Don't count on an intimate scene during your labor and delivery. Most hospitals automatically take mothers of multiples to the operating room, whether they're having a planned C-section or not, in case the unexpected occurs, says Dr. Bender. This means more staff members are apt to be present (including anesthesiologists, pediatricians, and extra nurses), while the number of family members allowed in may be limited. You might be disappointed with this clinical feel, but take comfort in the fact that these measures are meant to ensure a safe delivery for you and your little ones.
Immediately after the babies are born, your doctor will assess whether they need to go straight to the NICU. Although some hospitals require that all babies born prematurely (earlier than 37 weeks) be admitted, others require this only of babies weighing four pounds or less. In general, though, multiples are more likely to end up in the NICU than singletons, as they're often born earlier and weigh less. Still, if your little ones turn out to be full-termers with no health issues, they'll be taken to the nursery and should only have to stay there for a day or two.
On average, the recovery time for a woman who gives birth to multiples, either vaginally or via C-section, is no longer than that of a woman who delivers one baby. Moreover, in the case of a vaginal delivery, your recovery may even be a little easier. "Multiples are smaller than singletons, so you're less likely to tear as they're coming through," Dr. Bender explains. But as with other births, your doctor will tell you to wait six weeks before you start exercising and having sex again.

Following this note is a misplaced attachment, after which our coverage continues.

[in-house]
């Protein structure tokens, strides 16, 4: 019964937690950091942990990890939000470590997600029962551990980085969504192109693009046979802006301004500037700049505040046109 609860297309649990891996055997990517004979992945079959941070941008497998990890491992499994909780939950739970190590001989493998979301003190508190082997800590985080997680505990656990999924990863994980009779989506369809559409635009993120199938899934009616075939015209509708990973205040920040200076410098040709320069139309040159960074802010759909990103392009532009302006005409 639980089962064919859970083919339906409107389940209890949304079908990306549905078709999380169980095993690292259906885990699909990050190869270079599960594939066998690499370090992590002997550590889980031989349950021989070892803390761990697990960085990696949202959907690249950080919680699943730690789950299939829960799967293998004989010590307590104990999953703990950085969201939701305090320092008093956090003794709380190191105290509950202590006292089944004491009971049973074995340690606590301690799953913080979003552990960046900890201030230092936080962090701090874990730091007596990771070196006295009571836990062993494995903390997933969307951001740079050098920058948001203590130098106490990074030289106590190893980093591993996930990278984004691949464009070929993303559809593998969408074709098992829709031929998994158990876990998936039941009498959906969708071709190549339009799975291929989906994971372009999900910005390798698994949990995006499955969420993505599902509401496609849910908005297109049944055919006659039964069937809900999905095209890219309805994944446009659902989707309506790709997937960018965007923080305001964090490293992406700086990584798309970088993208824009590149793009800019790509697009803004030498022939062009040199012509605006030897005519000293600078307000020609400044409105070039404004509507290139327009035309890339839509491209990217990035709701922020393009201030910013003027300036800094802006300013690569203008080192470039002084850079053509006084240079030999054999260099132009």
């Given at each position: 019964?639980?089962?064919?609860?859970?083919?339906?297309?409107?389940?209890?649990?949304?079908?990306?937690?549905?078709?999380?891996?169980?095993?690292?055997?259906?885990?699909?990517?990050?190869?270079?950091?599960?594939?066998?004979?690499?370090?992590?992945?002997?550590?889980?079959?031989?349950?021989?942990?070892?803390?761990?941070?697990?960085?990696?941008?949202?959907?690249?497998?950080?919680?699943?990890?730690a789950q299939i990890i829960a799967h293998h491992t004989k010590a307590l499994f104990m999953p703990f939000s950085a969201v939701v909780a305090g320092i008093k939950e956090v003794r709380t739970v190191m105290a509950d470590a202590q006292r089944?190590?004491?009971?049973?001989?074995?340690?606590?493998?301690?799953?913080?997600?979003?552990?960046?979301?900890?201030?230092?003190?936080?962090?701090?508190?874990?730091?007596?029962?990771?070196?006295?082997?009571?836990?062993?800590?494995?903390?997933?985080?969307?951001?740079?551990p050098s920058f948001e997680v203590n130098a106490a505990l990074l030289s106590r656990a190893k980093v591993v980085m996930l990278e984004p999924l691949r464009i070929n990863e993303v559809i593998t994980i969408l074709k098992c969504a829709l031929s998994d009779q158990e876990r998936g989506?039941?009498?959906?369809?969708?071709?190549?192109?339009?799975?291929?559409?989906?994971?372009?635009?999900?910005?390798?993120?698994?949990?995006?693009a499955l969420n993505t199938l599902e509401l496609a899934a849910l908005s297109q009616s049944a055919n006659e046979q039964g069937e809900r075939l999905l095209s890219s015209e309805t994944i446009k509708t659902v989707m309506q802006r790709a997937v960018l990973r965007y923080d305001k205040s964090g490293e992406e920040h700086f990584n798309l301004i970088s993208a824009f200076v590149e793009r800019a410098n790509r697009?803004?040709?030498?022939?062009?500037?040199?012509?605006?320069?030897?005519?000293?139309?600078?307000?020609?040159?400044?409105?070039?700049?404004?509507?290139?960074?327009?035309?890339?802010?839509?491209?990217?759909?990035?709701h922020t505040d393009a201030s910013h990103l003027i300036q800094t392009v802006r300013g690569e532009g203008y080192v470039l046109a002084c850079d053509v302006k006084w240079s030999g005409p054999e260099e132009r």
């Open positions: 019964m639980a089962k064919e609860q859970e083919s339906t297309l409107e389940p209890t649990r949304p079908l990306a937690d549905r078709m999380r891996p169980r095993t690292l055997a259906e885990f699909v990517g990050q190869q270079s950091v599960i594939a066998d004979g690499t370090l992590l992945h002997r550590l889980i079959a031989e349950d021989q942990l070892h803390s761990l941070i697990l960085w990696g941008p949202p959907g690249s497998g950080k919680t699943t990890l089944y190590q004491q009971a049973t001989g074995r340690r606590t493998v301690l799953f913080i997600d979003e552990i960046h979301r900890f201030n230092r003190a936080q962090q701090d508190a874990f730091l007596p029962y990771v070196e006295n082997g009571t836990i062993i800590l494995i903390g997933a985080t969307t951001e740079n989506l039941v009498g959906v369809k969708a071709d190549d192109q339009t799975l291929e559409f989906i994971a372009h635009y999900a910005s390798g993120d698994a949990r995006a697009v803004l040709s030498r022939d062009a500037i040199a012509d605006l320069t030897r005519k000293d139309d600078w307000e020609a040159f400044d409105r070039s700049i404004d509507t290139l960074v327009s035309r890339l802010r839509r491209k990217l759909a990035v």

While your body may bounce back quickly, the emotional adjustment could take longer. A new study from the Johns Hopkins Bloomberg School of Public Health, in Baltimore, found that women who deliver multiples are more apt to develop moderate to severe depression within nine months of giving birth than mothers who have just one baby. To avoid feeling overwhelmed, streamline your routine as much as possible, suggests Dr. Flais. For example, aim to get both babies on the same eating and sleeping schedule right off the bat. That means when one baby wakes up to eat, you should wake up the other one too. "If you're consistent, the babies will naturally adapt, so you shouldn't feel like you're doing them a disservice," she says.
Getting support from those around you is also essential, so make connections with other moms of multiples (check out the Website of The National Organization of Mothers of Twins Clubs, nomotc.org, to find a group in your area). And when friends ask how they can help, don't brush them off; suggest that they bring over dinner or babysit so you can get a little break. That way, you'll have more energy to enjoy the double dose of adorable that's been added to your life.
Dual feedings are more manageable with the EZ-2-Nurse Twins pillow. It has a wide, angled top surface to better position both babies and also includes a supportive back pillow for Mom.
"I don't want my husband in the delivery room, and he's happy to stay outside. Everyone says we'll regret the decision. What should I do?"
Ignore the pressure to conform, and tell the peanut gallery your decision is what works best for your family -- no need to go into details. "What matters is that you have the support you need," says Brenda Jones, R.N., manager of the Center for Labor and Birth at Brigham and Women's Hospital, in Boston. Even if your husband isn't going to be the official coach, you might still ask him to come to birthing classes. It'll give him an idea of what you'll be going through, and if you change your mind at game time, he'll be ready to go. "There are many ways expectant fathers can be involved; being in the delivery room is just one," says Jones. Plus, the road ahead is filled with dad-friendly activities (think 4 a.m. feedings and poopy diapers).